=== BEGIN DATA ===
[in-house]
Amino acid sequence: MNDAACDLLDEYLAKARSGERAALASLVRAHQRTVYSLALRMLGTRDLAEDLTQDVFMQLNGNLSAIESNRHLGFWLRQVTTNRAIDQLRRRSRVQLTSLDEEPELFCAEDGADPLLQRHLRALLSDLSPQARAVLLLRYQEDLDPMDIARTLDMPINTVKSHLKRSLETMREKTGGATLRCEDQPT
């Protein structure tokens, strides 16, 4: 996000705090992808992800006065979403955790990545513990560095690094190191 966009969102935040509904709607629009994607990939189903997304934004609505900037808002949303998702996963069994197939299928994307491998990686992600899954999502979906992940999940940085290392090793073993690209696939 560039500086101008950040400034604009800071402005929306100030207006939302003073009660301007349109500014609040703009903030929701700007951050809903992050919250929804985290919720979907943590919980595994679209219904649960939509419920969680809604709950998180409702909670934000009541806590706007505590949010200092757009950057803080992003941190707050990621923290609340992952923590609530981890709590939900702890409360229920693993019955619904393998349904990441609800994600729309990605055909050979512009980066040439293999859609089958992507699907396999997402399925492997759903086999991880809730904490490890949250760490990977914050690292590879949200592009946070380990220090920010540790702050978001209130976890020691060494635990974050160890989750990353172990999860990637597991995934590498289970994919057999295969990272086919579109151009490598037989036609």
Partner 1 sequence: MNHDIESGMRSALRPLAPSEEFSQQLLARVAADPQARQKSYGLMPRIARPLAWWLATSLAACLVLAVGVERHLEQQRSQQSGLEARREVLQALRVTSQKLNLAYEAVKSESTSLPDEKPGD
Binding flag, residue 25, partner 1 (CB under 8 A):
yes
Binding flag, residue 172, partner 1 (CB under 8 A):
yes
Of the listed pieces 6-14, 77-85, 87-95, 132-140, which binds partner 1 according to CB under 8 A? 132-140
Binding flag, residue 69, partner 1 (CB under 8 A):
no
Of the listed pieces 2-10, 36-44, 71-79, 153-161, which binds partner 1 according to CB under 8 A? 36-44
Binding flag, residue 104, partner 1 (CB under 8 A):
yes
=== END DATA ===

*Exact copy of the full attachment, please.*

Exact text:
[in-house]
Amino acid sequence: MNDAACDLLDEYLAKARSGERAALASLVRAHQRTVYSLALRMLGTRDLAEDLTQDVFMQLNGNLSAIESNRHLGFWLRQVTTNRAIDQLRRRSRVQLTSLDEEPELFCAEDGADPLLQRHLRALLSDLSPQARAVLLLRYQEDLDPMDIARTLDMPINTVKSHLKRSLETMREKTGGATLRCEDQPT
């Protein structure tokens, strides 16, 4: 996000705090992808992800006065979403955790990545513990560095690094190191 966009969102935040509904709607629009994607990939189903997304934004609505900037808002949303998702996963069994197939299928994307491998990686992600899954999502979906992940999940940085290392090793073993690209696939 560039500086101008950040400034604009800071402005929306100030207006939302003073009660301007349109500014609040703009903030929701700007951050809903992050919250929804985290919720979907943590919980595994679209219904649960939509419920969680809604709950998180409702909670934000009541806590706007505590949010200092757009950057803080992003941190707050990621923290609340992952923590609530981890709590939900702890409360229920693993019955619904393998349904990441609800994600729309990605055909050979512009980066040439293999859609089958992507699907396999997402399925492997759903086999991880809730904490490890949250760490990977914050690292590879949200592009946070380990220090920010540790702050978001209130976890020691060494635990974050160890989750990353172990999860990637597991995934590498289970994919057999295969990272086919579109151009490598037989036609």
Partner 1 sequence: MNHDIESGMRSALRPLAPSEEFSQQLLARVAADPQARQKSYGLMPRIARPLAWWLATSLAACLVLAVGVERHLEQQRSQQSGLEARREVLQALRVTSQKLNLAYEAVKSESTSLPDEKPGD
Binding flag, residue 25, partner 1 (CB under 8 A):
yes
Binding flag, residue 172, partner 1 (CB under 8 A):
yes
Of the listed pieces 6-14, 77-85, 87-95, 132-140, which binds partner 1 according to CB under 8 A? 132-140
Binding flag, residue 69, partner 1 (CB under 8 A):
no
Of the listed pieces 2-10, 36-44, 71-79, 153-161, which binds partner 1 according to CB under 8 A? 36-44
Binding flag, residue 104, partner 1 (CB under 8 A):
yes